What WebMD Doesn’t Tell You About Clinical Depression

toon-self-diagnose

 

Clinical depression affects an estimated 14.8 million American adults a year, and over 80% suffering its symptoms are not receiving treatment.

 

 

What WebMD says, and what I’d add* (in itallics):

“Most people feel sad or low at some point in their lives. But clinical depression is marked by a depressed mood most of the day, particularly in the morning, and a loss of interest in normal activities and relationships. This “depressed mood” is greater in magnitude and complexity than what many people mean  today when they say they had a depressing day.  You also do not need to have suffered any devastating setback in order to have depression. Symptoms are present every day for at least 2 weeks.  It could last a few months, a whole year, and even multiple years. In fact, you could have been depressed for as long as you remember without even knowing it. In addition, according to the DSM-IV — a manual used to diagnose mental health conditions (though you should also talk to people who have been diagnosed to find out how it is really experienced) — you may have other symptoms with major depression. Those symptoms might include:

  • Fatigue or loss of energy almost every day.
  • Feelings of worthlessness or guilt almost every day. Just because you can give convincing and plausible counterarguments to your loved ones’ reassurances that you are not worthless does NOT mean you are not depressed.
  • Impaired concentration, indecisiveness. And diminished mental and intellectual capabilities. You think you are or have become stupid. 
  • Insomnia or hyperinsomnia (excessive sleeping) almost every day. Most of the time, it is not from fatigue but from a desire to escape reality or to avoid being reminded that other people are better than you.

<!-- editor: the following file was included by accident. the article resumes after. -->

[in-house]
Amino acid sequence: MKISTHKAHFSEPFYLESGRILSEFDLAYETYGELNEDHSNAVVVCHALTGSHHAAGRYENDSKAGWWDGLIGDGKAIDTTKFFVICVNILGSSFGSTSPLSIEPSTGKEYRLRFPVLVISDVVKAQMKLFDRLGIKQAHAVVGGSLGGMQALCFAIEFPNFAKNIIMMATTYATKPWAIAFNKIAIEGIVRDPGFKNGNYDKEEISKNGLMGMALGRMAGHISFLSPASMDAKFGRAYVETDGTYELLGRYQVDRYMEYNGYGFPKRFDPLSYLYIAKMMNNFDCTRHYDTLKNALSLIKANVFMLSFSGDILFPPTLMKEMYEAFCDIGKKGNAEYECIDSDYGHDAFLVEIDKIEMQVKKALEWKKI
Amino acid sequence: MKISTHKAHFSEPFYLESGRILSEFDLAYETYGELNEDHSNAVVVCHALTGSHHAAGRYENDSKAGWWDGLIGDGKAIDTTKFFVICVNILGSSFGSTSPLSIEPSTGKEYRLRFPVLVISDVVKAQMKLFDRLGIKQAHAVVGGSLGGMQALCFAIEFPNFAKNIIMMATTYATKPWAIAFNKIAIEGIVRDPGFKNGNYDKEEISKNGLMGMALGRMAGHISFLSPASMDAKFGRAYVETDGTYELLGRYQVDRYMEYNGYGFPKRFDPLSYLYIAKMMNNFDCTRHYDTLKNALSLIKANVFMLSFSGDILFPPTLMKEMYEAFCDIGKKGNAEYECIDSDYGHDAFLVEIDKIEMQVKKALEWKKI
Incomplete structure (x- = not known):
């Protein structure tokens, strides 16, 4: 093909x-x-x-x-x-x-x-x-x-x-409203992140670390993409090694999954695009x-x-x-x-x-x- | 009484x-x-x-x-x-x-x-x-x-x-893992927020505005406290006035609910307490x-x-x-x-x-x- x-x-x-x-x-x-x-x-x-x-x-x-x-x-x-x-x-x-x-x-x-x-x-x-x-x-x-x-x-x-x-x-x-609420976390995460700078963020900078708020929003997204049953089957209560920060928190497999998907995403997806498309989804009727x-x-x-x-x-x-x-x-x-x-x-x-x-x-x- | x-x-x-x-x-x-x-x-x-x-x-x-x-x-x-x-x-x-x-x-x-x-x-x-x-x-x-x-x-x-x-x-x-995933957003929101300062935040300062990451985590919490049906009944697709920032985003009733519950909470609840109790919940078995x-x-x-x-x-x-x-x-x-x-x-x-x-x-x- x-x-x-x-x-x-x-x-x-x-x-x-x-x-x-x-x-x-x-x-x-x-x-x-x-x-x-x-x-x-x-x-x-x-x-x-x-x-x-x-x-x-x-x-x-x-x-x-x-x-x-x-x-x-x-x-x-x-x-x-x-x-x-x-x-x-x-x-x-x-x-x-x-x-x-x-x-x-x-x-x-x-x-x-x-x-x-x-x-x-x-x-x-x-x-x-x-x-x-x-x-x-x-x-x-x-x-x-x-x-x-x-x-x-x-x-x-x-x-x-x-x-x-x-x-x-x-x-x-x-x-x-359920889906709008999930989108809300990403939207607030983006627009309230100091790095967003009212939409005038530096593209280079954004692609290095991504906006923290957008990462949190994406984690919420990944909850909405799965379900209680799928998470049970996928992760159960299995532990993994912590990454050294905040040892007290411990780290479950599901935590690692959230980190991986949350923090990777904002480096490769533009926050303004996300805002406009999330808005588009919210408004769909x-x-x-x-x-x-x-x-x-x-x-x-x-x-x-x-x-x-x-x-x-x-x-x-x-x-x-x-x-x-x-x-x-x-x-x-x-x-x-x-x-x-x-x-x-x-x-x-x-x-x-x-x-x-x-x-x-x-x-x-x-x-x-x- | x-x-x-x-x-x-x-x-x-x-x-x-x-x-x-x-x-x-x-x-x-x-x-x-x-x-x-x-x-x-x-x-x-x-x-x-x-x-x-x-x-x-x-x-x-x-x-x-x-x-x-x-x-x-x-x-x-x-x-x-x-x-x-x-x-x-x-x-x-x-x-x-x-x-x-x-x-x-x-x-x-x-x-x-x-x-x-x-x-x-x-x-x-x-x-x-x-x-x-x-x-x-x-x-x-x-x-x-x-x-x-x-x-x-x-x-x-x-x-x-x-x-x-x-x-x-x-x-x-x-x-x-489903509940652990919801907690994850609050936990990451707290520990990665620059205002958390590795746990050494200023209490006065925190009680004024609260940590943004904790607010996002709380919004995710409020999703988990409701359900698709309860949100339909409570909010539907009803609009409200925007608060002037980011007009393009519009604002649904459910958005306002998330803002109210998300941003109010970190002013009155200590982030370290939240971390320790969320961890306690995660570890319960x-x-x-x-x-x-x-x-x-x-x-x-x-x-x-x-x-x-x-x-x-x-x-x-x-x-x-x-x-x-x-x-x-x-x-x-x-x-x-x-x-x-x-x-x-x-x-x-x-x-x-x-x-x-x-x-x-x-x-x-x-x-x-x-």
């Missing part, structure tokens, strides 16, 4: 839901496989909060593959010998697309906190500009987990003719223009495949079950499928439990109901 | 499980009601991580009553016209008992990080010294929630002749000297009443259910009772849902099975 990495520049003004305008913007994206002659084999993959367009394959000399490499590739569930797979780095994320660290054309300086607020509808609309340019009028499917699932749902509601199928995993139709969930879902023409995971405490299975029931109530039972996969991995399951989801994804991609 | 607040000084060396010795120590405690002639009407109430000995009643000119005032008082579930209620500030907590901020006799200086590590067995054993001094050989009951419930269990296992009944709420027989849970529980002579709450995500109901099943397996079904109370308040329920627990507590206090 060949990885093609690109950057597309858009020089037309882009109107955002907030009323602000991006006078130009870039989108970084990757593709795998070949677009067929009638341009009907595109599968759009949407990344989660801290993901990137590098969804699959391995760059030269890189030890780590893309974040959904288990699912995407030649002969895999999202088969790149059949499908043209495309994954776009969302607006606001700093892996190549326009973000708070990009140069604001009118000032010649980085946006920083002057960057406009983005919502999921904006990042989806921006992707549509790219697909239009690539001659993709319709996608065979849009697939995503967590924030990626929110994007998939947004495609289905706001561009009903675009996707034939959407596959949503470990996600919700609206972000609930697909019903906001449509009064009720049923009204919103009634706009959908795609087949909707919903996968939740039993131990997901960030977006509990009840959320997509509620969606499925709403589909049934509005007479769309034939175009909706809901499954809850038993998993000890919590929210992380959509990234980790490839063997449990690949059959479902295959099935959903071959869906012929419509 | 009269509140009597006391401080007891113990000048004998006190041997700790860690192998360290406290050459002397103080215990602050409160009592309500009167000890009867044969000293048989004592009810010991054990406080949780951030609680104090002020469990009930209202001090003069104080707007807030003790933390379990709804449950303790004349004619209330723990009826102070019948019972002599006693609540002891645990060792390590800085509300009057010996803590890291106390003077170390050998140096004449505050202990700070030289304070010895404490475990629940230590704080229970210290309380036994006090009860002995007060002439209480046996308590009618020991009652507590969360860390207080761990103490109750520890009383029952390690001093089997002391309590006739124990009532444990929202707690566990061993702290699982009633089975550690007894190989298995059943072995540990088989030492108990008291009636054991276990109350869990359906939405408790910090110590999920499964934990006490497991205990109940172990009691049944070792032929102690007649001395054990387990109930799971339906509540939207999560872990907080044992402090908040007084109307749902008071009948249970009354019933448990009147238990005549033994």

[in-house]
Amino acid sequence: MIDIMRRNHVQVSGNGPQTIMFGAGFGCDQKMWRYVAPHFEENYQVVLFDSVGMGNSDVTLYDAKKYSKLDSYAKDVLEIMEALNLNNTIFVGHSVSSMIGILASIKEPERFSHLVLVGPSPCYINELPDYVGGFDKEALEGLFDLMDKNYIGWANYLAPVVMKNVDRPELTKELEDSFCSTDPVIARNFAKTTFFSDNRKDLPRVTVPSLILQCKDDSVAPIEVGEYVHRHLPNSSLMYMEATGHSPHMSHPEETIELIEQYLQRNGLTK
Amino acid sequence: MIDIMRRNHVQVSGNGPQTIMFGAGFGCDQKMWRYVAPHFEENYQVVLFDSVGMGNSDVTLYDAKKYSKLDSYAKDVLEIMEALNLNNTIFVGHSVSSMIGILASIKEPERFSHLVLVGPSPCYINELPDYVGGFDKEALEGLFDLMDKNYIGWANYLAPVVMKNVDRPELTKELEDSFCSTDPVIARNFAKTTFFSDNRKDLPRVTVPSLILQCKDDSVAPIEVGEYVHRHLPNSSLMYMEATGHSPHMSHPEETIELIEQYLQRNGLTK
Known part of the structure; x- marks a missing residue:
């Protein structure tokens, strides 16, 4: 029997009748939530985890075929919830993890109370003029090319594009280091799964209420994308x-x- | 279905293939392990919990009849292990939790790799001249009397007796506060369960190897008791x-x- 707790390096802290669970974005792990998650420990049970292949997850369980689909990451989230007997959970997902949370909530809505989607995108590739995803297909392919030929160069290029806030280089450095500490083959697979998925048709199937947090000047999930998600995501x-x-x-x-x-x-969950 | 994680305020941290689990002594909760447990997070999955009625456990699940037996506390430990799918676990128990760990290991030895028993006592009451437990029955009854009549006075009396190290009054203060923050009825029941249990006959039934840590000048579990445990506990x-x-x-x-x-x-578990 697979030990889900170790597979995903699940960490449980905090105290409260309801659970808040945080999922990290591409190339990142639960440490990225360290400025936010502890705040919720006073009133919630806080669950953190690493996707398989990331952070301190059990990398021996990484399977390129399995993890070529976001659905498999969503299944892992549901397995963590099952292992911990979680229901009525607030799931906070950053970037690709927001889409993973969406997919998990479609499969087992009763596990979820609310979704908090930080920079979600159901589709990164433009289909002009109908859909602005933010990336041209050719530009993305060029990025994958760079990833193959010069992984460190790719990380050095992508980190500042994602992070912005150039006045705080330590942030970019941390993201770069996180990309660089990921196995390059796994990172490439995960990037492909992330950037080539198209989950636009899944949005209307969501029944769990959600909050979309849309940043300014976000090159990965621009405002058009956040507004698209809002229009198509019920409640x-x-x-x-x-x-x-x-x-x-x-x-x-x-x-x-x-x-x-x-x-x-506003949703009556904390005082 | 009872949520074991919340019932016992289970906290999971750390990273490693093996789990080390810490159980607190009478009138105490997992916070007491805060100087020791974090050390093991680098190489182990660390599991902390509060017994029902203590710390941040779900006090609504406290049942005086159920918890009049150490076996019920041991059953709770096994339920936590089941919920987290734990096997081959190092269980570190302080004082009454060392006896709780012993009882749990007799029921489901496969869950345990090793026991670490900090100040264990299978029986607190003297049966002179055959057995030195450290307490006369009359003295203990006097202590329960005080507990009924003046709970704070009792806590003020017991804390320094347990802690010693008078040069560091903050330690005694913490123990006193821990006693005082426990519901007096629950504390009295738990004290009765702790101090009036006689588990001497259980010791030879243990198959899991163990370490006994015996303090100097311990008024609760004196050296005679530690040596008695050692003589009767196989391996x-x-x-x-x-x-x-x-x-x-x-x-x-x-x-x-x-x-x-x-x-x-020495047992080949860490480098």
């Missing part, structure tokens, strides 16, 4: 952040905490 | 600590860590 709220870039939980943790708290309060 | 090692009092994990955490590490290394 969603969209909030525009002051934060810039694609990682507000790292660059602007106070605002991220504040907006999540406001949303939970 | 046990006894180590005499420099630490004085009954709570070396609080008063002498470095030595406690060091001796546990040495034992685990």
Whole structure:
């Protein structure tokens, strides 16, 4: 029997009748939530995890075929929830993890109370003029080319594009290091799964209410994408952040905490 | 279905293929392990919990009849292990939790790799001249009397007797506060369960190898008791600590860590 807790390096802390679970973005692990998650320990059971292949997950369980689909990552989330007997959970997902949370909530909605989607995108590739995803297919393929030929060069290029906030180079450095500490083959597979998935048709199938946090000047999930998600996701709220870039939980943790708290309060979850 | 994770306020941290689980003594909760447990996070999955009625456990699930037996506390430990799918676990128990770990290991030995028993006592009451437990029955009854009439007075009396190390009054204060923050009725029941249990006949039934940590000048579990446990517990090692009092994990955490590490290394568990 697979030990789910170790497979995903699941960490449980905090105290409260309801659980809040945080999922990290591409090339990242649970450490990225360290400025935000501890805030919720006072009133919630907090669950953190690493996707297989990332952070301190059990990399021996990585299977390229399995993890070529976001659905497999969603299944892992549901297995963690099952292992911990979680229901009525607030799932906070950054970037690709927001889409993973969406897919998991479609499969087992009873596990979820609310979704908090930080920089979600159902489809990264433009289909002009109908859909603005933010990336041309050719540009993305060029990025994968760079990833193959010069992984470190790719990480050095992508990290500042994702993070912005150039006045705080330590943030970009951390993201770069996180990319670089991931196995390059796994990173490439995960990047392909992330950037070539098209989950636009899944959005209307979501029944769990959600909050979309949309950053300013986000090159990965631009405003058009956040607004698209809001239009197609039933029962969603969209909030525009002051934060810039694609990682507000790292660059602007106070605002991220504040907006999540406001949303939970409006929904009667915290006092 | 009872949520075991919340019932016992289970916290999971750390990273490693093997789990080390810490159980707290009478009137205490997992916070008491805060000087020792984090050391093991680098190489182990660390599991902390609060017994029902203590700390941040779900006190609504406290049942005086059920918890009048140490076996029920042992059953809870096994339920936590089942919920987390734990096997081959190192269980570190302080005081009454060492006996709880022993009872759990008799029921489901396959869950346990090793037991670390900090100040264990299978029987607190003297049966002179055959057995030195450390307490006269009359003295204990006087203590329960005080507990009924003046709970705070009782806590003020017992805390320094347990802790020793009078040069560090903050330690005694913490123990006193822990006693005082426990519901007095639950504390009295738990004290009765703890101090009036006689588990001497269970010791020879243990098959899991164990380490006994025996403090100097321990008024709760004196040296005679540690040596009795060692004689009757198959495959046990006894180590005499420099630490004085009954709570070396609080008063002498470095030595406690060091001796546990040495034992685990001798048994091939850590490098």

• Markedly diminished interest or pleasure in almost all activities nearly every day (called anhedonia, this symptom can be indicated by reports from significant others). This includes not just hobbies but basic self-maintenance like eating well and dressing in a presentable manner.
  • Restlessness or feeling slowed down.
  • Recurring thoughts of death or suicide. Or fantasizing about other scenarios that would spare you of self-awareness, such as losing your sanity completely or being in a vegetative state.
  • Significant weight loss or gain (a change of more than 5% of body weight in a month).”

(*I’m in no way accusing of the wonderful people behind WebMD of misrepresenting depression. I’m trying to show that symptoms of mental illness aren’t going to be as identifiable as symptoms of physical illness, and that they’re much more complex than cookie cutter bullet points may lead us to believe.)

Earlier today, I talked to an old friend, with whom I recently got reconnected, who struggled with depression for 2 years without even knowing she had a diagnosable, treatable condition. I can’t begin to imagine how confusing and terrifying that must  have been for her. When I was told that my recurring feelings of stupidity and loss of social skills were the effects of an illness, it was a godsend. Later, I did somehow got to a point where I convinced myself that I wasn’t depressed, and had always been this “pathetic” — but at least some part of me was able to cling on to the hope, no matter how tiny, that I might not be as pathetic and worthless as I believed myself to be.